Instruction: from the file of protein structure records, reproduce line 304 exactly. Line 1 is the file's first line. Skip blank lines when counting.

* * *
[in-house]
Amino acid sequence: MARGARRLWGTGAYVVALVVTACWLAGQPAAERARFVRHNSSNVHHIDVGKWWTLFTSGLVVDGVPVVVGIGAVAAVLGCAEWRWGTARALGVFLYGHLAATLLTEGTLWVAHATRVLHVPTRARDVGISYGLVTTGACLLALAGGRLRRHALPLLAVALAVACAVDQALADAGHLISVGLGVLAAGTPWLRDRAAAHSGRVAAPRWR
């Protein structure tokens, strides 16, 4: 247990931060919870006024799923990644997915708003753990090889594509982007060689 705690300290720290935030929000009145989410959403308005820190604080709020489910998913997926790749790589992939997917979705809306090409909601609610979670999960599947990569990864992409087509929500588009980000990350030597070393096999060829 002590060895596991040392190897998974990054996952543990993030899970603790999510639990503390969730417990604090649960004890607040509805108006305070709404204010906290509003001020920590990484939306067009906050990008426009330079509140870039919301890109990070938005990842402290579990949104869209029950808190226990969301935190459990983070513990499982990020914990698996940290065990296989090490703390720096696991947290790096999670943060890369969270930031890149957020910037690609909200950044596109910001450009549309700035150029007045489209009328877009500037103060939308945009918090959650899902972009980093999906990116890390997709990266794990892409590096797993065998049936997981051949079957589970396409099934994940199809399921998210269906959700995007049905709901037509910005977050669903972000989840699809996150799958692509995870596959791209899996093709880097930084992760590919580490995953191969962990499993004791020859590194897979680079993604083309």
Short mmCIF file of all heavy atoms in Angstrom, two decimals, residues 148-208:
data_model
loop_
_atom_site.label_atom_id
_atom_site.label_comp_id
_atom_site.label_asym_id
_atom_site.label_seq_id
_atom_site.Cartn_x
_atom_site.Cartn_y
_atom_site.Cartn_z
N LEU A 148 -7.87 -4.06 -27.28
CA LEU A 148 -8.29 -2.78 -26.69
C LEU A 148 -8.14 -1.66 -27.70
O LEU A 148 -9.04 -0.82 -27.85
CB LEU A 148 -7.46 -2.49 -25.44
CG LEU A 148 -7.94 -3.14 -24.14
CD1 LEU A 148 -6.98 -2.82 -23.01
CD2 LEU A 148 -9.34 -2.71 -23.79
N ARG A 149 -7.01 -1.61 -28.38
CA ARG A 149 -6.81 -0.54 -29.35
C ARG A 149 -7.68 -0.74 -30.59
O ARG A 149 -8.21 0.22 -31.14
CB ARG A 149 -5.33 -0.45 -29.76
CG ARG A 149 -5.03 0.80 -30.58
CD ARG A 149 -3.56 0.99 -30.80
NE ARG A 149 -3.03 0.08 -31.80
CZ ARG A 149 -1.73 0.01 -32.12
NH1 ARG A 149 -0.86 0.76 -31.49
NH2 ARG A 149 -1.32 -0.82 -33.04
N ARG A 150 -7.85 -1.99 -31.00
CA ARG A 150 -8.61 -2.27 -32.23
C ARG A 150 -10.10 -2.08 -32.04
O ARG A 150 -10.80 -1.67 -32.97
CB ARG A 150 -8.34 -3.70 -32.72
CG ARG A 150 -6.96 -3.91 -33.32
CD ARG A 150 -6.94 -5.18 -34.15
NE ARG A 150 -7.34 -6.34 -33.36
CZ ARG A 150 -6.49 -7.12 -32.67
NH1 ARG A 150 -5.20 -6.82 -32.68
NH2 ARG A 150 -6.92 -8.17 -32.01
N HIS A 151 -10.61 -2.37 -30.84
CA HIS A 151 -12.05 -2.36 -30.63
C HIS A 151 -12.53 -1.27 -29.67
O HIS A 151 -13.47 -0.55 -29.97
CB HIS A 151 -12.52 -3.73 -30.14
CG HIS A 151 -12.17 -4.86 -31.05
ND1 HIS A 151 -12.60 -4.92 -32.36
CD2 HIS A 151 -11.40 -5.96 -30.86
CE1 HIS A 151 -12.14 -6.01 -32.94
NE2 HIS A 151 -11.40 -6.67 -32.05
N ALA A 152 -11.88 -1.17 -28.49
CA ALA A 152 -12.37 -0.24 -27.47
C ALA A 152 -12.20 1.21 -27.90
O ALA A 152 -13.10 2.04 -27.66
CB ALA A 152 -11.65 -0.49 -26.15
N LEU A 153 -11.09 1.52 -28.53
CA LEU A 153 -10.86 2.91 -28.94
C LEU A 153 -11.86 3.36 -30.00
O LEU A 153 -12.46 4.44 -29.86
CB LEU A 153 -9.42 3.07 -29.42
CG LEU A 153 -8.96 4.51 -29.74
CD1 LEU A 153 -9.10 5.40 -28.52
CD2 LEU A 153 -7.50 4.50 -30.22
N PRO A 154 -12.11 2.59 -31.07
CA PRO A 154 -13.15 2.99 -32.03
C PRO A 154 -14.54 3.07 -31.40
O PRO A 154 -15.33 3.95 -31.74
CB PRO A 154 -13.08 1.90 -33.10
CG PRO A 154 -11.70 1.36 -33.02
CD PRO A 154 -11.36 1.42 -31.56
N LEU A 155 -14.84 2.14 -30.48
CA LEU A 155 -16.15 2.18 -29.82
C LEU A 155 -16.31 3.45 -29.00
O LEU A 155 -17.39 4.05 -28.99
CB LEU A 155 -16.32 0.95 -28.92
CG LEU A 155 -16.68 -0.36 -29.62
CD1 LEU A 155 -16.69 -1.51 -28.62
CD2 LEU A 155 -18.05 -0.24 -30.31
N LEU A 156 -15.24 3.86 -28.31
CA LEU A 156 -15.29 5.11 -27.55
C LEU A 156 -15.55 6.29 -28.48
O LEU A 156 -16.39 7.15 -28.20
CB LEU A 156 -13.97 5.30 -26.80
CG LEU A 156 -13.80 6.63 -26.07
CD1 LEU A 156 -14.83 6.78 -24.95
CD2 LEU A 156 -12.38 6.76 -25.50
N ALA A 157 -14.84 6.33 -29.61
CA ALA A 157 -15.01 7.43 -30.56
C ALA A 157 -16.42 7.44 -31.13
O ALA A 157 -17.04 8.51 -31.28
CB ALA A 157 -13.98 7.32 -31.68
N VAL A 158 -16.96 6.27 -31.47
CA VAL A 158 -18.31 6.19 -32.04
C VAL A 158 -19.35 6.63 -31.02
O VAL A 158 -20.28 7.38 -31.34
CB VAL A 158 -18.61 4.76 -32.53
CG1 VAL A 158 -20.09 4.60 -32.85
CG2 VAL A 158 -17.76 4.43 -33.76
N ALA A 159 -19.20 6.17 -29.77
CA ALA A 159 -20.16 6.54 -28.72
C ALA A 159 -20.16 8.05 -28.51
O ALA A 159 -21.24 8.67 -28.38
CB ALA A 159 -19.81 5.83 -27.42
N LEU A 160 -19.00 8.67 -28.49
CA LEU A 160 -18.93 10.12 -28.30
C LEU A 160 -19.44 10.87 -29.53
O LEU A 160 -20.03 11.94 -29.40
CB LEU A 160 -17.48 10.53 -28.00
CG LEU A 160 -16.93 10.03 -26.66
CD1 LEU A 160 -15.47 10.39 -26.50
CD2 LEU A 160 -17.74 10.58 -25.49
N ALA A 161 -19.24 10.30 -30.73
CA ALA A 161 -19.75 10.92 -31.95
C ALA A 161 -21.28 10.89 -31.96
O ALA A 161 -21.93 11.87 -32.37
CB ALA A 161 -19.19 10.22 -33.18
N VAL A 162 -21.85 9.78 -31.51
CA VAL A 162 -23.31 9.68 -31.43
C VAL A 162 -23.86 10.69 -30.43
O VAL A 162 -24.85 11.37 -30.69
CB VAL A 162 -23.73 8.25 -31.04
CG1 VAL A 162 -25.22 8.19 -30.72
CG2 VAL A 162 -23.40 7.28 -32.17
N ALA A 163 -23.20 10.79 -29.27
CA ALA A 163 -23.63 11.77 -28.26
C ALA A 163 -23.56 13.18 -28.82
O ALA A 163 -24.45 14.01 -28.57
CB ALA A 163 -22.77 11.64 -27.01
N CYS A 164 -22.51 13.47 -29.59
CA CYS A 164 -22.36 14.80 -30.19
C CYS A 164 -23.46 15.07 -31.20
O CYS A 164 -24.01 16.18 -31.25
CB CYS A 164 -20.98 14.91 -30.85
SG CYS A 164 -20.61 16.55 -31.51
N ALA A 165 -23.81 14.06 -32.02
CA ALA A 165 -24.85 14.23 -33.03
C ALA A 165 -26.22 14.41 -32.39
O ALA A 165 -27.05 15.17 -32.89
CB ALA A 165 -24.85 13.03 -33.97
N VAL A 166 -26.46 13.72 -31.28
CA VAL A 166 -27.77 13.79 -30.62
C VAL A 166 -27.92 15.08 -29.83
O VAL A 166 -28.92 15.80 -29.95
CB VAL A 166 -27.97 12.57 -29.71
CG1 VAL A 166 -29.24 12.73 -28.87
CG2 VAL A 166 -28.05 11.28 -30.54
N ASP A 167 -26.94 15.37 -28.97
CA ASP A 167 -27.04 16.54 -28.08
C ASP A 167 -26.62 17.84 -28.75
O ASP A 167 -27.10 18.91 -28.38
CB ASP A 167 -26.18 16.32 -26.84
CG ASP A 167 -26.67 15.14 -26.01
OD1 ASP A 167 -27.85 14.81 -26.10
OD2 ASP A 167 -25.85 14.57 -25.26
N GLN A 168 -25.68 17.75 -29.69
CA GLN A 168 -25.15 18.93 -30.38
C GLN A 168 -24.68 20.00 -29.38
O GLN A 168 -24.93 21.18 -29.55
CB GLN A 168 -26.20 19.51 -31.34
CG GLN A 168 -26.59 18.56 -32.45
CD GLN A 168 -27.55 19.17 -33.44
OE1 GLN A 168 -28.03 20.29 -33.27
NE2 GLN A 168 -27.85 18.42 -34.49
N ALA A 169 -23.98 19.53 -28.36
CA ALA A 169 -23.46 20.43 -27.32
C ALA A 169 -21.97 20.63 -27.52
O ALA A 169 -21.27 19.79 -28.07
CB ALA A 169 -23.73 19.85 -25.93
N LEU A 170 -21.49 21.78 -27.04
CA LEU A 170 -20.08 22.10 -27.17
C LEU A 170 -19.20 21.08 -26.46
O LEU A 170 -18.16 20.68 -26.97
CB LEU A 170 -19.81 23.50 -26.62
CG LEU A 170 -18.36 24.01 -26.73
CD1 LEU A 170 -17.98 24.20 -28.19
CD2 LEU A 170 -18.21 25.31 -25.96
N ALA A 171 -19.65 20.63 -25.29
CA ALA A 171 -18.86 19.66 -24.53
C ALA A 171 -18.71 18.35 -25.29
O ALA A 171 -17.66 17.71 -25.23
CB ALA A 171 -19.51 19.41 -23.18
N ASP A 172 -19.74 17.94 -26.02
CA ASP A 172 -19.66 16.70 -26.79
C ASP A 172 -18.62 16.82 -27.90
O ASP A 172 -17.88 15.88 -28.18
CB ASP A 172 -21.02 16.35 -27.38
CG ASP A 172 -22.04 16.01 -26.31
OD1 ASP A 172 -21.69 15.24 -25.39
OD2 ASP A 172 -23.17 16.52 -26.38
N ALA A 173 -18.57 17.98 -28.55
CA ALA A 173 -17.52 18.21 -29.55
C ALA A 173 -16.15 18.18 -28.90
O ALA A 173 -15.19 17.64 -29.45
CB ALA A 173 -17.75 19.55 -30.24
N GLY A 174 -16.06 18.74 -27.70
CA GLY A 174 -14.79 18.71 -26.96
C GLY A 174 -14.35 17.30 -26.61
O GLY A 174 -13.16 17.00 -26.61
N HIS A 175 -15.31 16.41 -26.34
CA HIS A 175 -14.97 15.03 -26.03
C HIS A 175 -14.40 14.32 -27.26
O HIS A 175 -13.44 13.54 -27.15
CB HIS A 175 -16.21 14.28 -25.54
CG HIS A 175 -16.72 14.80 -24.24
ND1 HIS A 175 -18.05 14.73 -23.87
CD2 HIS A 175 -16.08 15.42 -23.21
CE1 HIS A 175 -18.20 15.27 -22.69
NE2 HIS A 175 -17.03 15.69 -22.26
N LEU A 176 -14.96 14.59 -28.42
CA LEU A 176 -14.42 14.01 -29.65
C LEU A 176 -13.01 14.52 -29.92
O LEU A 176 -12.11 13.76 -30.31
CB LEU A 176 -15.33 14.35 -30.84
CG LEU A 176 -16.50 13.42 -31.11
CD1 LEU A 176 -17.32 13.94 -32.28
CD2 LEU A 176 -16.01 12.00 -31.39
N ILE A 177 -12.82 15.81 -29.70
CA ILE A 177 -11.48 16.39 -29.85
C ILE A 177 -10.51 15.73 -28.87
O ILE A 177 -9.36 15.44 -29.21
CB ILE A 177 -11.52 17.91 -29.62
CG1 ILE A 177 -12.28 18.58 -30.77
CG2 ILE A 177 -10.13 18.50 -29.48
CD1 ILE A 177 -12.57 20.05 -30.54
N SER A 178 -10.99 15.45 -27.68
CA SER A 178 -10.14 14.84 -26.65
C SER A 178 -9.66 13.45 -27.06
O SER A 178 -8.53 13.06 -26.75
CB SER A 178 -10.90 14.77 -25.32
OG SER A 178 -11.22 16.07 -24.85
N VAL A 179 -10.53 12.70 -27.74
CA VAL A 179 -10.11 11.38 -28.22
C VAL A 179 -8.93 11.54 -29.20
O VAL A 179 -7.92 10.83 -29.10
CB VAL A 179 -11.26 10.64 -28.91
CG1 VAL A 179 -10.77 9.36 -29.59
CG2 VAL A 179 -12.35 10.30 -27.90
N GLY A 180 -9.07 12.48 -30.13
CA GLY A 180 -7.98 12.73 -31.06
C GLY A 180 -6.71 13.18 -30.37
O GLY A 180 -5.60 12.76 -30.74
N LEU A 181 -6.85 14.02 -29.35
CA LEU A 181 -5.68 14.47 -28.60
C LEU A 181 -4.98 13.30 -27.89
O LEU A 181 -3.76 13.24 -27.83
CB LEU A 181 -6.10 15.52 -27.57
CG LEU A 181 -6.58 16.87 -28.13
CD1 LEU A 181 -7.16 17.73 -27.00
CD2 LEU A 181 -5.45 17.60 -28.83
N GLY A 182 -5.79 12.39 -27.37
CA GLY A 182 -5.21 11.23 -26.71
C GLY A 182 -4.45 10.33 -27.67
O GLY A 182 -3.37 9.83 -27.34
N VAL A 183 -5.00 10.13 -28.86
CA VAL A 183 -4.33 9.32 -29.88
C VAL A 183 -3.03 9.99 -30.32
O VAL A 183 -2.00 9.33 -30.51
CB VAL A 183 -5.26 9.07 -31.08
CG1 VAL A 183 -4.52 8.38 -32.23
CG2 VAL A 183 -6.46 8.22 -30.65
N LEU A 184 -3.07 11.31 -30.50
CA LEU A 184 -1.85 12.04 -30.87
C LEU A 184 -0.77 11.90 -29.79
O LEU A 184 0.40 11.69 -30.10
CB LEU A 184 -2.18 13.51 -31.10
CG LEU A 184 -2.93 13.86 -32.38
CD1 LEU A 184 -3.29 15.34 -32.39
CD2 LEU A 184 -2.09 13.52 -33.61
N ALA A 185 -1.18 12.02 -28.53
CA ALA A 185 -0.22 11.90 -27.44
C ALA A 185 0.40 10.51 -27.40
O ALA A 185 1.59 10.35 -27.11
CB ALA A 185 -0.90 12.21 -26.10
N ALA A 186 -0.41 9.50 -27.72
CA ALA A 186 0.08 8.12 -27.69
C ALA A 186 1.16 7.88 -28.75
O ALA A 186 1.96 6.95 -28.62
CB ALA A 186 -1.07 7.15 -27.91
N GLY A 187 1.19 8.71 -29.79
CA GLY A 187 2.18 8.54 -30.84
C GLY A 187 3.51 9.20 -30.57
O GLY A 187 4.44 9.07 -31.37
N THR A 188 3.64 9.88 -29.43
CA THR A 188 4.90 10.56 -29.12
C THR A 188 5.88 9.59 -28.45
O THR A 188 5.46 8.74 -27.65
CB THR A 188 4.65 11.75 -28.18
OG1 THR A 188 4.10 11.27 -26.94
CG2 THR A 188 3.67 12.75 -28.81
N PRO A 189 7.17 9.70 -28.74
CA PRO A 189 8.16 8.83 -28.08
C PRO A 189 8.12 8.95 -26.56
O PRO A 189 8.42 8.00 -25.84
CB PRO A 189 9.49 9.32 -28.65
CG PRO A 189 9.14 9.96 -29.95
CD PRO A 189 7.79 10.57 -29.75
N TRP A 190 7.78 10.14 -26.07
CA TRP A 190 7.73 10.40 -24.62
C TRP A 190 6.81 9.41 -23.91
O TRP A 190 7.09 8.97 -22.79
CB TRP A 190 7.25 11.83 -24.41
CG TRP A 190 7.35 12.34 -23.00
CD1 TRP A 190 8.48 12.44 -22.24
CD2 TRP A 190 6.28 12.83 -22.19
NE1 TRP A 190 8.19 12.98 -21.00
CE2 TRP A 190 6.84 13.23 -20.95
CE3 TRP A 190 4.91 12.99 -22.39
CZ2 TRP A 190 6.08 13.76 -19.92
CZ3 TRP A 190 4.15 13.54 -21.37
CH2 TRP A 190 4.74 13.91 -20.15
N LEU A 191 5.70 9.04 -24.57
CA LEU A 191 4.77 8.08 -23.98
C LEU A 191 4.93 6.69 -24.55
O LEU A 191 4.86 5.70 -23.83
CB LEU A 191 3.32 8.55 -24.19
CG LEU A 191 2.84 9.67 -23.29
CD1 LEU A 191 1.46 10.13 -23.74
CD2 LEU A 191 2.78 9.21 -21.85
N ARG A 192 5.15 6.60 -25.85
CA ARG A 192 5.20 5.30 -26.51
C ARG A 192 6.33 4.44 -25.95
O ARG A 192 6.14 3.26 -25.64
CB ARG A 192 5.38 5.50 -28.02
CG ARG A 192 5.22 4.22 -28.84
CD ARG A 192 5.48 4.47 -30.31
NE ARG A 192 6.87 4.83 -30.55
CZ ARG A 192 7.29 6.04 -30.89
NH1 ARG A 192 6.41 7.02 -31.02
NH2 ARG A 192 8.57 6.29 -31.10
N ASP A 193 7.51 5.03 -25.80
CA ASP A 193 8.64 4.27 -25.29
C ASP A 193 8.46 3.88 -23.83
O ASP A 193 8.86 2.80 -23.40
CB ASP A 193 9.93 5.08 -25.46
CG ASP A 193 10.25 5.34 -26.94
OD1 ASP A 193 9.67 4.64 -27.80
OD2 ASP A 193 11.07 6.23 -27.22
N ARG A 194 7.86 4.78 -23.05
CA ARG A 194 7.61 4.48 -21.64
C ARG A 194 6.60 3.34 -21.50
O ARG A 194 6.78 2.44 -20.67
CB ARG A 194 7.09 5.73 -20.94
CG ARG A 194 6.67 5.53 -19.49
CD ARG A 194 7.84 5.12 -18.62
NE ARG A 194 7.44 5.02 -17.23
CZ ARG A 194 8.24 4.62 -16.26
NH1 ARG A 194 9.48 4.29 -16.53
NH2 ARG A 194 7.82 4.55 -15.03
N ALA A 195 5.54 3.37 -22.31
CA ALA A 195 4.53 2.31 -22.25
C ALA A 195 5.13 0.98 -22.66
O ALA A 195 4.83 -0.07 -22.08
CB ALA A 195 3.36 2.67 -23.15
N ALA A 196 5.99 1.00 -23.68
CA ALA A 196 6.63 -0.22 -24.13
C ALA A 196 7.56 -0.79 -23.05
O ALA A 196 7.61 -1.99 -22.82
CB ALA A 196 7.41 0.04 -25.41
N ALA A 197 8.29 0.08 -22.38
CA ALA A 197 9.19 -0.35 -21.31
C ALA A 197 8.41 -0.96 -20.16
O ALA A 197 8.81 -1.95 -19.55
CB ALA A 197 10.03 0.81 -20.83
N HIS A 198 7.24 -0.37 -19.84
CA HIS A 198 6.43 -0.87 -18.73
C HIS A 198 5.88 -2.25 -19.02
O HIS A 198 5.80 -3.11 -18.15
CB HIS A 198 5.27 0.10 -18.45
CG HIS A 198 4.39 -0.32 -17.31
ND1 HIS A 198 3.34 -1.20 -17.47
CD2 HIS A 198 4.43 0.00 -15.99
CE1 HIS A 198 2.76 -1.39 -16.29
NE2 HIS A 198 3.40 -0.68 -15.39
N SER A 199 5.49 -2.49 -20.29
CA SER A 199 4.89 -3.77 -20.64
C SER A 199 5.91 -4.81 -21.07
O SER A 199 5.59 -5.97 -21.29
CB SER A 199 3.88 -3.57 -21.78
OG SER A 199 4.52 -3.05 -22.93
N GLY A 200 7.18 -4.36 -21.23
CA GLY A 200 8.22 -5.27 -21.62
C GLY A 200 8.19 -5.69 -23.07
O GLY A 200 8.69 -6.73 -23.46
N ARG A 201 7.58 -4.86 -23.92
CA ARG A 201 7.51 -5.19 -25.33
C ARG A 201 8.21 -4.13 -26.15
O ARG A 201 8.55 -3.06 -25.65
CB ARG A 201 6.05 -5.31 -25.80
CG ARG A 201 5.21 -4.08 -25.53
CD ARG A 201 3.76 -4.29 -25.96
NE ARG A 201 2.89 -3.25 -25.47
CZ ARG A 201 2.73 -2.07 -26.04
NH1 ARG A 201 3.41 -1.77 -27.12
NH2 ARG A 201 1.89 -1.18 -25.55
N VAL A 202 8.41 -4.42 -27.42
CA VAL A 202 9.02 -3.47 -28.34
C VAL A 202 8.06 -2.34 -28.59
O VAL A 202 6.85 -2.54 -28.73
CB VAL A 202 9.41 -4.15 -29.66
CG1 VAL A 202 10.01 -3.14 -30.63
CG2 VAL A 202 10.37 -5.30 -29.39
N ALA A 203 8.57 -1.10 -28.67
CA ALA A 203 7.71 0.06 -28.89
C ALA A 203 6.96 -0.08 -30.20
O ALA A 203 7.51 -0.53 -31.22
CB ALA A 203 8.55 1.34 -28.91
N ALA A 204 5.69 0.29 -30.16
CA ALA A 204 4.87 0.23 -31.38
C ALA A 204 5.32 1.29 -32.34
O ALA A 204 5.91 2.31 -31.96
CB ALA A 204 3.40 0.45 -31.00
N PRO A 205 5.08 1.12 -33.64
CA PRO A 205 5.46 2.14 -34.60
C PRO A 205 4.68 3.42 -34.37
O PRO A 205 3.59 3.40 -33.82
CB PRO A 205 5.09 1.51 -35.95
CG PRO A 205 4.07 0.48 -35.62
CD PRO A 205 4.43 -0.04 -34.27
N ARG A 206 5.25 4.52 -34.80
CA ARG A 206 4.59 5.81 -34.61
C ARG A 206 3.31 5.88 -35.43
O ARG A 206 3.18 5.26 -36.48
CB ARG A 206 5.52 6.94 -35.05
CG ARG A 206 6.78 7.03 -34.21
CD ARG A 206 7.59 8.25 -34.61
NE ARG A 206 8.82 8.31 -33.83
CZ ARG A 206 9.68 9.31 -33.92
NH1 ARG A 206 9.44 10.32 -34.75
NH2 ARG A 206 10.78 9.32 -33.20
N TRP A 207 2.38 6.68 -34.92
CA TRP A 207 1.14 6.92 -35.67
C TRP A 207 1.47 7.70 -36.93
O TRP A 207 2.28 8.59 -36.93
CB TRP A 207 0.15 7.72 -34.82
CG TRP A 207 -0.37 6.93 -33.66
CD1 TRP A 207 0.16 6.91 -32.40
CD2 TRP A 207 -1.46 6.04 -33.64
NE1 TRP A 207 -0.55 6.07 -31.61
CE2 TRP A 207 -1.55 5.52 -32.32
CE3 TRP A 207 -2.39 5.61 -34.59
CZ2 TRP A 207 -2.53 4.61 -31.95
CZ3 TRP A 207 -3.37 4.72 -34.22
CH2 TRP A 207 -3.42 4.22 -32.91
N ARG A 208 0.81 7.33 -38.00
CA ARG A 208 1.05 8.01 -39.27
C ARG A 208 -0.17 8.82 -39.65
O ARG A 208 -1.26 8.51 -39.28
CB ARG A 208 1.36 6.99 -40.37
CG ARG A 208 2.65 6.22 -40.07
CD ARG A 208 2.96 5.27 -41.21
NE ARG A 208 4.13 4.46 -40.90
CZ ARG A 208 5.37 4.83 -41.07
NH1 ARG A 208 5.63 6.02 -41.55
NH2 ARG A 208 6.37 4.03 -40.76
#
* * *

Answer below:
CB TRP A 190 7.25 11.83 -24.41